It's inevitable that David Bowie's untimely death has colored critical reception of Blackstar. Certainly, on the swirling obsidian gem "Lazarus"; he addresses mortality with lines like "I'll be free just like a bluebird." Set to Donny McCaslin's jazzy, seesawing saxophone and Ben Monder's noirish, Joy Division-styled guitar, the tune is laced with uncertainty, but it is also mystical and mischievous.
Bowie's best albums have always been maddeningly, playfully contradictory, and Blackstar is no exception. The title track may be his biggest "what the fuck" explosion since he unleashed his Berlin trilogy of Low, Heroes and Lodger on an unsuspecting public. With queasy and majestic orchestrations, martial drums and funereal, honking sax, "Blackstar" leads the listener all over the musical and emotional map before settling into a woozy, swinging show tune. It's dark and weirdly romantic, evoking not dread, but the mystery beyond the mortal veil.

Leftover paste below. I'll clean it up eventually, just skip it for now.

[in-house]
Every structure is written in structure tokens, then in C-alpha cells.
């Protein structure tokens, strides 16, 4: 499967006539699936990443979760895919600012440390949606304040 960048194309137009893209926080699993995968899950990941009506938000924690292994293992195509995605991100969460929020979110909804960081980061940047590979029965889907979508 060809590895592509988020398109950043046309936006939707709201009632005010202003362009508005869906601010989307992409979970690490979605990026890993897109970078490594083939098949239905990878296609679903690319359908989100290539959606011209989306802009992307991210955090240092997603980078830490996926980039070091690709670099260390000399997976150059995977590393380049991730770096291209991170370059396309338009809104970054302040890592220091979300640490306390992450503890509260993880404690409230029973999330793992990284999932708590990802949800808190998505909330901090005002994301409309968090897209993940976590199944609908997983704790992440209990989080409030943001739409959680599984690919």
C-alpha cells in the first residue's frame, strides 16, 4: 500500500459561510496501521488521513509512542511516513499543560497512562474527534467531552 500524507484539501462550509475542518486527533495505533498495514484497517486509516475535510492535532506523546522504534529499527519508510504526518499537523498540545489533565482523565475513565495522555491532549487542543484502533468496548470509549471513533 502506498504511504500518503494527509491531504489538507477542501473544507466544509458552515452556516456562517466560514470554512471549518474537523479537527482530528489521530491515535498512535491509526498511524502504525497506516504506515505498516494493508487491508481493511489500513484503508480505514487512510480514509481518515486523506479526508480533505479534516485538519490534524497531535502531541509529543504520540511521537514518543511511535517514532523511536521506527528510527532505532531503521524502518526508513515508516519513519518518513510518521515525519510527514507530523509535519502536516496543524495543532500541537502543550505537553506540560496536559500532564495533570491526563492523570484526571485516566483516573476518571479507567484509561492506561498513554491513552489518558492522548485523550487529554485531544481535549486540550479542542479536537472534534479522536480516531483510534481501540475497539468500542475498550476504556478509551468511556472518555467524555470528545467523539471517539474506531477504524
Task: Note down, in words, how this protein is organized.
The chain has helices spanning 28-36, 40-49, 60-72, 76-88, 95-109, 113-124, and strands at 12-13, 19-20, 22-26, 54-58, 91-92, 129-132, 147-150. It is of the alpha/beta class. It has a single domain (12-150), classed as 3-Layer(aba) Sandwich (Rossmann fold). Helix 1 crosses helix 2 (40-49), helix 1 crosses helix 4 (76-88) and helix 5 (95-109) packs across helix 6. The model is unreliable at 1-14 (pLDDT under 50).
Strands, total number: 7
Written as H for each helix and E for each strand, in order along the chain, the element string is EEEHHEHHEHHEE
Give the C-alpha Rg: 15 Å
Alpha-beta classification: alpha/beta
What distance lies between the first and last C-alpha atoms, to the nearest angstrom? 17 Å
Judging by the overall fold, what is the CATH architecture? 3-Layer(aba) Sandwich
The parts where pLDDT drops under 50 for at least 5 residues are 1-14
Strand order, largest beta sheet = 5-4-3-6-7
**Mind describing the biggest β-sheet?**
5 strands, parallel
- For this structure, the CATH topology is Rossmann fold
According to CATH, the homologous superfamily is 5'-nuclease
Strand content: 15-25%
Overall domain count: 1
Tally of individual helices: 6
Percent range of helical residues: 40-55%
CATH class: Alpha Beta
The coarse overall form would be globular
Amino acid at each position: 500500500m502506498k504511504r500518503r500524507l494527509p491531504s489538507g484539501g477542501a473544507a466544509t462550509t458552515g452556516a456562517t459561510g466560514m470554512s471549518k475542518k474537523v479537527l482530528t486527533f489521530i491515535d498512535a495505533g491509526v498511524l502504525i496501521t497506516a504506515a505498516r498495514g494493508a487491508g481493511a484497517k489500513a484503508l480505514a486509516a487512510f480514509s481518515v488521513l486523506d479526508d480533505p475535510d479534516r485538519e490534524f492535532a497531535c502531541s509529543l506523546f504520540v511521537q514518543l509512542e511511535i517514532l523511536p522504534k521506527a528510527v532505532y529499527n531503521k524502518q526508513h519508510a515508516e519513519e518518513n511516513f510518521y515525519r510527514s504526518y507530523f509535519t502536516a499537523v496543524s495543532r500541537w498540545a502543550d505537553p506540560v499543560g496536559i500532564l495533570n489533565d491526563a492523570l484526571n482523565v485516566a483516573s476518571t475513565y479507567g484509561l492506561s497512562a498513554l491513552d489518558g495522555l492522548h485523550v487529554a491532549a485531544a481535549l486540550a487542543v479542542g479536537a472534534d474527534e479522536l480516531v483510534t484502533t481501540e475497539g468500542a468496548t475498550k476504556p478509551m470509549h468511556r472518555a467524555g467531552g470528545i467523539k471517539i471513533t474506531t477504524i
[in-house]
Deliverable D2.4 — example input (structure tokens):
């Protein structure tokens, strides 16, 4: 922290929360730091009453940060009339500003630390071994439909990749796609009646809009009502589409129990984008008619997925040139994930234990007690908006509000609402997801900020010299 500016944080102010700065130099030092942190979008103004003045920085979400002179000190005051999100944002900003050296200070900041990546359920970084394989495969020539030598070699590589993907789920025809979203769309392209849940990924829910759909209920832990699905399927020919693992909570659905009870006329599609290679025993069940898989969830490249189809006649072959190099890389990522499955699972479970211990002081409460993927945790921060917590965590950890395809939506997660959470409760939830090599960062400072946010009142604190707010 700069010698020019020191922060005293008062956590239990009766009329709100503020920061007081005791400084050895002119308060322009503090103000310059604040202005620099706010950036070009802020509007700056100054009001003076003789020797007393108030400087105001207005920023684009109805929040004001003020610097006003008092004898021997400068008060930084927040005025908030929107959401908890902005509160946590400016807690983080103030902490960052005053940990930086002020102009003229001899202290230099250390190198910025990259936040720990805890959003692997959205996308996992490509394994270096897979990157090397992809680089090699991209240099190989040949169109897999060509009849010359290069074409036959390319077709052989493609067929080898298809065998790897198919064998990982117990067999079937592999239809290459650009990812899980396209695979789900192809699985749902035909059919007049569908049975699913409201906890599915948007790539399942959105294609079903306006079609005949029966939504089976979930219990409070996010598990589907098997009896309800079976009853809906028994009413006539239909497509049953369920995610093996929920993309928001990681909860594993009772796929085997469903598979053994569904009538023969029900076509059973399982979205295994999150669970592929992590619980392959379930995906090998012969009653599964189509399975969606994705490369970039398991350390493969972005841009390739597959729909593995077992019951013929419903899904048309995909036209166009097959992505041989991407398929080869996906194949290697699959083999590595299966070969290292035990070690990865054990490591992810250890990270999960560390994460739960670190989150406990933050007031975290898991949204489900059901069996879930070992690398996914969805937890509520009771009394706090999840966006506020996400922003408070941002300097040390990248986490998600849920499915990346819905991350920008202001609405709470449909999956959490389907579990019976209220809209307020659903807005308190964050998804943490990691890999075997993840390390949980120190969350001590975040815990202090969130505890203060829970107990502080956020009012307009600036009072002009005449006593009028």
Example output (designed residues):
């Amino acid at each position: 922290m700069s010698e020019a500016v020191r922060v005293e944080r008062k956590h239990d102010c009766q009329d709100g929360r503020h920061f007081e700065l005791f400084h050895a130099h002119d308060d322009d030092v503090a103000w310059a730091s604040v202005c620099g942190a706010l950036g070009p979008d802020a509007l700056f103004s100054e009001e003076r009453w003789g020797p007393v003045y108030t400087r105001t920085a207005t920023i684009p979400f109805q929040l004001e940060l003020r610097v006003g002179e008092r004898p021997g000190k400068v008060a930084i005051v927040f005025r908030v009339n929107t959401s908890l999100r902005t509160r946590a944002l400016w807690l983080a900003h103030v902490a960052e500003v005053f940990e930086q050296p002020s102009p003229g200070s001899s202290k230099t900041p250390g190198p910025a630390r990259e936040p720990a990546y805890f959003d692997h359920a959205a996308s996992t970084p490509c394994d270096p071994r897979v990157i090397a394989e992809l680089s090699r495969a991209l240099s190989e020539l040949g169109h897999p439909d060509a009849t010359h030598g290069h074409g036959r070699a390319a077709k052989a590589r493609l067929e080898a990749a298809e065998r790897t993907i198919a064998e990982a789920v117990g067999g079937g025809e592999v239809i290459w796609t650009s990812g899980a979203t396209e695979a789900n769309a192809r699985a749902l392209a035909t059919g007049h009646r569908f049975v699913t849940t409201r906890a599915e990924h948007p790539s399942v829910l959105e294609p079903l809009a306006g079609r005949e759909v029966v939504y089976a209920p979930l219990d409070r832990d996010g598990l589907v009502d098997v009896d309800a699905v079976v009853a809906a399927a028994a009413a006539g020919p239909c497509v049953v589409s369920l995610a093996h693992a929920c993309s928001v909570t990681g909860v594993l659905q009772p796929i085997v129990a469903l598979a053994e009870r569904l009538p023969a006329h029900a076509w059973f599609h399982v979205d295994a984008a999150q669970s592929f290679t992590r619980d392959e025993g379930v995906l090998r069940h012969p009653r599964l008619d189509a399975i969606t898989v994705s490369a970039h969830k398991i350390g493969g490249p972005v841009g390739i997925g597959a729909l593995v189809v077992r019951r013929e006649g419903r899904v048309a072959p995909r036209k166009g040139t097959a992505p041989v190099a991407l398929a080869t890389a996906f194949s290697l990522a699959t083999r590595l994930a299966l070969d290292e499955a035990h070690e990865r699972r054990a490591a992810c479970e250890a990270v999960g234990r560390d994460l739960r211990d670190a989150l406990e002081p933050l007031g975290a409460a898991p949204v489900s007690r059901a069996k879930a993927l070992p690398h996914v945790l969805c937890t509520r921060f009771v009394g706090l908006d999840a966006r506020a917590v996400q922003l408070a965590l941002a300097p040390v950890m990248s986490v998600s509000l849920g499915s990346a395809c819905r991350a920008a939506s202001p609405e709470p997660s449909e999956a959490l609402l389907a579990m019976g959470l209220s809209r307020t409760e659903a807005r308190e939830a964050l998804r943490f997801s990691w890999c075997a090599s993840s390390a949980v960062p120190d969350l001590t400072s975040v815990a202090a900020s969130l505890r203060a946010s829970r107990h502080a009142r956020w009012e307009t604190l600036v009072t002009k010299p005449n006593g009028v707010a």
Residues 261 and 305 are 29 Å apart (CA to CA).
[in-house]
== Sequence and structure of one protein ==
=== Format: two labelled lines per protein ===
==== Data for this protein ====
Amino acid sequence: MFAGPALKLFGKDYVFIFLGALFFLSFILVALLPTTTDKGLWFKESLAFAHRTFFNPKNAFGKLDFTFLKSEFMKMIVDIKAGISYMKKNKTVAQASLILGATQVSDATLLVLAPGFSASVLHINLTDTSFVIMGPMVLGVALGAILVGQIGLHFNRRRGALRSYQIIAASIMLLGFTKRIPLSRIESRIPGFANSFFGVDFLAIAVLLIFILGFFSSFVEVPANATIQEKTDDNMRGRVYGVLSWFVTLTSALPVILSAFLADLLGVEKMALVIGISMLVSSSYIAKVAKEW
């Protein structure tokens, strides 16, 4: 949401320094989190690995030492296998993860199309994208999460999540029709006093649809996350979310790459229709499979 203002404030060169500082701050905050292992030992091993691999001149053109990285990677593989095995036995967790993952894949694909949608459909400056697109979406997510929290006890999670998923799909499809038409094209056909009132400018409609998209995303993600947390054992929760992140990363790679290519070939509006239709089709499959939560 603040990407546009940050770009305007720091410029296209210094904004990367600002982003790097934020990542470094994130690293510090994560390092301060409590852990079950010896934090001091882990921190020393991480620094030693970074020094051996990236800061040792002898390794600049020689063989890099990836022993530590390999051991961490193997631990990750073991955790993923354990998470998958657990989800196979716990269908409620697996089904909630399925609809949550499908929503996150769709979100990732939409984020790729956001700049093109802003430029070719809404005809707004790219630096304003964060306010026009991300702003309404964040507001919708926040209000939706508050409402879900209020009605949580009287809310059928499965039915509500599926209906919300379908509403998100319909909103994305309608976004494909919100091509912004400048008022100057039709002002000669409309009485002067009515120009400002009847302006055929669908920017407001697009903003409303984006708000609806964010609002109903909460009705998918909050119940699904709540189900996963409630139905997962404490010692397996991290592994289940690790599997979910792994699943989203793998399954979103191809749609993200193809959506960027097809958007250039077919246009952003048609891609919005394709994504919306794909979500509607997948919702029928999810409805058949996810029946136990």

In contrast, the limpid late night "Dollar Days" is one of the artist's most direct and heartfelt love songs. For each forward reaching experiment like "Girl Loves Me," a fractured sing-song fever dream delivered in invented language recalling dialog from the novel A Clockwork Orange, there is a gentle crooning ballad like "I Can't Give Anything Away" which looks backward with harmonica quotes form Low's sweetly yearning "A New Career in a New Town."
On one level, Blackstar is Bowie's farewell letter to the joy and the enigma of life. But it's also an ongoing examination of sex, politics and love. As an album it is less accessible than The Next Day from 2013, but it's better — darker, more challenging and more fun. Admittedly, Bowie has a perverse notion of fun, but his coal black humor has always been tempered with exuberance and enthusiasm. And that remains undimmed by death.